Back in the day (I’m talking 2002-ish), our sales team was keen on promoting a “home page takeover” or other home-page-based advertising executions to really give clients that WOW factor. After all, everyone comes to the home page!
Today (10 years later, if you can believe it), I still hear salespeople get all worked up about pitching a home page takeover. But no one goes there any more.
Obviously, I exaggerate to make a point. Where I work now, at Budget Travel, some folks certainly do come in through the home page. But many, many more come in “sideways” or to “atomic content;” they come via direct links in our newsletter, on social media, on content posted on partner sites, or via search. Most land on our article or gallery pages, and continue through links within that content rather than through the navigation bar. And we’re not alone — more and more websites report fewer and fewer users coming in through the home page and proceeding to navigate through the site.
Remember the days of navigating through the site? No one does that either. You know what gets less traffic than a home page? A channel page. You know, the landing page that fronts the sections highlighted on the nav bar. Of the users that do come through the home page, most click directly on the content promoted on that page, with a smaller percentage going to specific site sections.
Now these are gross generalizations, and if you work on a website you should certainly familiarize yourself with your own traffic patterns. To paraphrase the finance guys, “Previous traffic patterns may not indicate your site traffic.” But there are general trends across a broad swath of consumer-facing websites. (One notable exception: news-based sites, which some users tend to bookmark and visit regularly through the homepage or their preferred channels, such as Business or Politics.)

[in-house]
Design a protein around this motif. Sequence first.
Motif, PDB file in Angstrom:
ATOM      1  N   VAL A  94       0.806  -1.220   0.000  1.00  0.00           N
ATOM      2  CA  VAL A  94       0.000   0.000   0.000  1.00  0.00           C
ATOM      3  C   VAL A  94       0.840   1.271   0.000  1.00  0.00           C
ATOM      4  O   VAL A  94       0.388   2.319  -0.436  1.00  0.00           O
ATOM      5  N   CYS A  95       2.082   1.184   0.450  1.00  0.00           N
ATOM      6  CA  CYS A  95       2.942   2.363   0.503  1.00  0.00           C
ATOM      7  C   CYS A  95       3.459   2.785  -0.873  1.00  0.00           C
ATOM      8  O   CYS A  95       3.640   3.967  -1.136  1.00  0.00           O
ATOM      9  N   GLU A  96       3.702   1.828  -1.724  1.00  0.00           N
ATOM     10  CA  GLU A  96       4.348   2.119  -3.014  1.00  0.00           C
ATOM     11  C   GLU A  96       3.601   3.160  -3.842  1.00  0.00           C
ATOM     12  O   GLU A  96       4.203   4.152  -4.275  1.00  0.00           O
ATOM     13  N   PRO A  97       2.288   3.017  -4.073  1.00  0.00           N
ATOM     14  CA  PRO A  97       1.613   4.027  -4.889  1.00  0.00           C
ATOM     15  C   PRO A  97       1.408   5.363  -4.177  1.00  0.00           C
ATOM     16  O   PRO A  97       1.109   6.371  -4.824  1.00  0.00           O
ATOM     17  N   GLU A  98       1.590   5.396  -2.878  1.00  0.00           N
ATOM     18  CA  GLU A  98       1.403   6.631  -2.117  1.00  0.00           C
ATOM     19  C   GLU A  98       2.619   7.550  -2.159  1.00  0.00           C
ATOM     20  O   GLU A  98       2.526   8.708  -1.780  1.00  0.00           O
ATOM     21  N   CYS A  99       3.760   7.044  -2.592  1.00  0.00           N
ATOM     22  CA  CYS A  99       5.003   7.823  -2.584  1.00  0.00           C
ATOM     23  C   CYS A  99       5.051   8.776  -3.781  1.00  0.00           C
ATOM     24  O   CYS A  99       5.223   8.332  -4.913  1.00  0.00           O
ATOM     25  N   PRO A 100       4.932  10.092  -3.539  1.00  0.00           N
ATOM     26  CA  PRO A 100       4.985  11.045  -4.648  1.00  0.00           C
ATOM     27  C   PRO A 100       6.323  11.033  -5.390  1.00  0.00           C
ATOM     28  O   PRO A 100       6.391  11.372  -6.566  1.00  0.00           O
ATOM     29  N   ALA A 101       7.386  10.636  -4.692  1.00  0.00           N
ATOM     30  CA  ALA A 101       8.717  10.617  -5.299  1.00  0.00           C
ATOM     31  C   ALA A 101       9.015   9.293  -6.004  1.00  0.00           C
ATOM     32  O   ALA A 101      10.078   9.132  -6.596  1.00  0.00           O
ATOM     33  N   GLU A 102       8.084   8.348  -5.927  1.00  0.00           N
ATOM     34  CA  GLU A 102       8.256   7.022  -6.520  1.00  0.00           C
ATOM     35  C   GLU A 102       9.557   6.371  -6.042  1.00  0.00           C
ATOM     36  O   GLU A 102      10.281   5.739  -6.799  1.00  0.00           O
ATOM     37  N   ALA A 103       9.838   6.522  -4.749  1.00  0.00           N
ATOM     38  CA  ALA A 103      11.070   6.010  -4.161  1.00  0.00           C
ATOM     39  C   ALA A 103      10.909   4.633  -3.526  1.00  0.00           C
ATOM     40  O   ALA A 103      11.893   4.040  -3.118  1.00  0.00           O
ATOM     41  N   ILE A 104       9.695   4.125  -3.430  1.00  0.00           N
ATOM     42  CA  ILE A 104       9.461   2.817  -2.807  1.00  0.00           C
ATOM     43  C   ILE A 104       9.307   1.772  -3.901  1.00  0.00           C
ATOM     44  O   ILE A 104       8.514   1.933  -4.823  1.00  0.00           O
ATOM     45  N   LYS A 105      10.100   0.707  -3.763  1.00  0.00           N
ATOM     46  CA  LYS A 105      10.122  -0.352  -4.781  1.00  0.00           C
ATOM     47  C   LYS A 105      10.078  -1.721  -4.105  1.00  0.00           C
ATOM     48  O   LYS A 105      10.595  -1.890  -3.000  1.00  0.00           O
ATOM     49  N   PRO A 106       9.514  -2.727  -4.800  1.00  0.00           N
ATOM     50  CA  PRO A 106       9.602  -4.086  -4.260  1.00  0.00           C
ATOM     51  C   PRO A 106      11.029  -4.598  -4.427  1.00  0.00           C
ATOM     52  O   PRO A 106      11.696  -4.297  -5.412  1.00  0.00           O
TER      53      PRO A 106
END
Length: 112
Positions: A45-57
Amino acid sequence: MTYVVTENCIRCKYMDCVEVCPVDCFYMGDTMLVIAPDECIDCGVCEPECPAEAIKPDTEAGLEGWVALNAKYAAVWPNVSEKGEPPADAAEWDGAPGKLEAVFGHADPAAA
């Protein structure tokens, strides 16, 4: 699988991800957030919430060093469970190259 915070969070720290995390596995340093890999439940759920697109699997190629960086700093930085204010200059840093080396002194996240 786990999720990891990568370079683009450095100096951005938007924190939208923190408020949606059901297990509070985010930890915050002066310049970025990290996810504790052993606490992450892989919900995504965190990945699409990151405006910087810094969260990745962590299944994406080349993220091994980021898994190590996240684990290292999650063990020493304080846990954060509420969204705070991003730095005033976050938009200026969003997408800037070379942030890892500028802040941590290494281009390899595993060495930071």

This trend is not terribly new. Several years ago, at another site, our traffic pattern analysis showed we’d easily get a bigger bang for our buck by redesigning the article pages ahead of the home page, but for some reason it’s taken a while to gain traction. Now I’m not saying the home page is not important: it’s still the entryway to the brand, should reflect the sensibilities, content, and breadth of the site, and should be engaging for the users who do come to it. But to realize larger gains in traffic and engagement, say goodbye to the old wisdom about homepages and focus your efforts — whether for sales executions or product development — on the pages with the most traction.